It started with a wedding present. That’s how I ended up circumnavigating Lake Okeechobee one weekend. My friend Mike, who lives in New York and is originally from LA, has a fascination with all things Floridian. He’s getting married this month at a small civil ceremony, and when I asked where they were registered he said, “No registry. How about something down-home from Florida?”
Lucky for him, I know down-home well. I remembered a couple I met at the Chalo Nitka festival who sold jams and jellies and all variety of pickled vegetables, and I suspected it was the sort of gift Mike had in mind. So I rummaged through my cabinets until I found an empty jar that once held pickled okra, and I called up the number printed on the faded label. Could I stop by to purchase some of their goods? I asked the woman on the phone.
“Well, certainly,” she said. “But it’s a drive. We’re in Port Mayaca, on the far side of the lake.”
I know the sugar towns south of the Okeechobee well, but in all my years living in this state I’d never taken the northern route around the lake and I’d never completely circled it. I love a good road trip—and, anyway, I needed that wedding present—so I set off on a Saturday morning.
“Okeechobee” means “big water” in Hitchiti, a dialect of Miccosukee, and as I headed through the towns that bordered the lake, the water was a large, invisible presence. In 1937, following the devastation caused by the hurricanes of 1926 and 1928, the U.S. Army Corps of Engineers completed the Hoover Dike that encircles the lake today. As I drove through the pasturelands between Moore Haven and Lakeport, the dike was visible to my right, a mound of dirt grown over with grass, and on the other side, somewhere unseen, sat the lake.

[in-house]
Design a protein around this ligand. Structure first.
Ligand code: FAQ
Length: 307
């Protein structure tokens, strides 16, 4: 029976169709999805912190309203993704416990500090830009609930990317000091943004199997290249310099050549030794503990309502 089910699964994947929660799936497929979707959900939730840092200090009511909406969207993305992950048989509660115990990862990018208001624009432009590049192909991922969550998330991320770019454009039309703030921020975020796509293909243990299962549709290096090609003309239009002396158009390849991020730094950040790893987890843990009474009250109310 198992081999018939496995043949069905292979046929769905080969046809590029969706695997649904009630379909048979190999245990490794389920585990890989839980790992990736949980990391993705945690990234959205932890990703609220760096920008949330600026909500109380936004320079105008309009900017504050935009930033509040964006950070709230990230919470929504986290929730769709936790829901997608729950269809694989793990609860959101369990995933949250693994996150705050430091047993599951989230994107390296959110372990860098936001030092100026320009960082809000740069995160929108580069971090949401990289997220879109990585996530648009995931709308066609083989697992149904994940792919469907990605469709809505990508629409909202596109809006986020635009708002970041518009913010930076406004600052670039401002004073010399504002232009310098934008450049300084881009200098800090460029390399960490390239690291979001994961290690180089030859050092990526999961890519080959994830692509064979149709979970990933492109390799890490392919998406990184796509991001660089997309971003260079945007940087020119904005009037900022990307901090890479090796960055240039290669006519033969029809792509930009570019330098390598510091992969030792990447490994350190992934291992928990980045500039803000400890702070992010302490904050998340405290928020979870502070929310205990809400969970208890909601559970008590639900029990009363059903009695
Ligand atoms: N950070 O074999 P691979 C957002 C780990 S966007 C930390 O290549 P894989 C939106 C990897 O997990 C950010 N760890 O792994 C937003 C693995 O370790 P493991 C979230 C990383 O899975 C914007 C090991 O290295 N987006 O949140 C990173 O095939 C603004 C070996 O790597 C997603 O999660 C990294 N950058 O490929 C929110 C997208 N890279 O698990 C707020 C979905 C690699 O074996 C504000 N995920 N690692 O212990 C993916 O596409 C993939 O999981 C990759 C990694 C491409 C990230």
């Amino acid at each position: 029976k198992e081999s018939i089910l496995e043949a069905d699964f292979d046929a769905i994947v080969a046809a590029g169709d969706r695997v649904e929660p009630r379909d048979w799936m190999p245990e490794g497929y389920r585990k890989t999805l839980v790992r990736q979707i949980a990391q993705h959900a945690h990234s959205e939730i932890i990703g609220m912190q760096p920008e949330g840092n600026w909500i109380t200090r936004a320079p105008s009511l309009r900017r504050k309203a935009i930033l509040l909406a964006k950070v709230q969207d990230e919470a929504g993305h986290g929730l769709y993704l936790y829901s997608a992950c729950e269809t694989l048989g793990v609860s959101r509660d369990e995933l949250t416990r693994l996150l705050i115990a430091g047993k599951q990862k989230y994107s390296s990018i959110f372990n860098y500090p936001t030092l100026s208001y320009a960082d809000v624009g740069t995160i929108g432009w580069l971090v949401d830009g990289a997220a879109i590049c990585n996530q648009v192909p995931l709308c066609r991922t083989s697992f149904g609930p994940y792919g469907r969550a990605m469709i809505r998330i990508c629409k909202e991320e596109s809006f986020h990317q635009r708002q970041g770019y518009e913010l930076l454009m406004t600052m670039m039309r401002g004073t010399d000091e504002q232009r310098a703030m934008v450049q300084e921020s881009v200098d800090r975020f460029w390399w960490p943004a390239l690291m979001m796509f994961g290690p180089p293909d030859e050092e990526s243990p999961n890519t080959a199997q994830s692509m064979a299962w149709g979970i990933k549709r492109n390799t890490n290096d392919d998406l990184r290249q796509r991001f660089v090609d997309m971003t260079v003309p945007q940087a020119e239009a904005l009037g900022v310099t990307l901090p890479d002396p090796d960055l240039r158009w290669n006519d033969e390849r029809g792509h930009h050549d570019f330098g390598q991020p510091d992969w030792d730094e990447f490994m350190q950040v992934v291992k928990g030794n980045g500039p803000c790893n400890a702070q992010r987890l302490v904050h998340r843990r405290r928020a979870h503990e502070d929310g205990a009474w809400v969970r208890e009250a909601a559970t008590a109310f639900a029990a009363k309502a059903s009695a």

I passed through cattle country, spent time ambling behind a truckload of cabbages and saw dirt roads with names like “Tough Luck Lane.” I drove through the home of the Cane Grinding Festival and then the home of the Sour Orange Festival. I drove and I drove, the hill of earth always to my right. In Lakeport, where a large inlet of the Okeechobee shoots west, fish camps and bait and tackle stores lined the road. I stopped to get gas and the air had a light expansive feel, the way it does at the edge of the ocean, and shorebirds cried overhead. Yet the smell was different from the seaside—fresher—and though I could feel the presence of the water, I still couldn’t see it.
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I drove on, past citrus groves and old cracker houses, until finally in Buckhead Ridge the highway crossed a bridge spanning the Kissimissee River where it feeds into the Okeechobee. Traffic had slowed for construction, and as I eased my car to the top of the bridge I glanced to my right, where the lake stretched to the edge of my vision.
“Holy—” I said.
It was immense. Not like a lake at all, but more like the Gulf. Even from that high point on the bridge, I couldn’t see to the end of it. The sky was cloudless and blue, and the Okeechobee’s dark waters went to the horizon. In front of me, the traffic cleared. I drove on, down off the bridge, and the lake was once again swallowed by the dike.
At Port Mayaca, I bought my wedding gift: guava jam and jars of chow chow, plus some mango jam for myself. The couple invited me in to visit for a while, and when we were through they wished me a safe drive. I went south and west, through the towns I know—Clewiston, Belle Glade, Pahoke—past sugarcane fields and orange groves, and all the while that big lake stayed hidden like a secret at the heart of this state.
If You Go
- Jean’s Jams and Jellies, hands down, make the best guava jam in this state. Their chow chow is outstanding, too. Look for them at festivals like Chalo Nitka, or visit them at the Seminole Inn in Indiantown on Sundays between 9 a.m. and noon.
- As you circumnavigate the lake, be alert for brown road signs that designate scenic lookout points where you can pull off the highway and drive to the top of the dike. It’s impossible to imagine the vastness of the Okeechobee until you’re standing at its edge.
- The drive around the lake is scenic, but there aren’t a lot of eateries along the way. Consider packing a lunch. Many of the lookout points have picnic tables, and as for the view over the water—there aren’t many finer.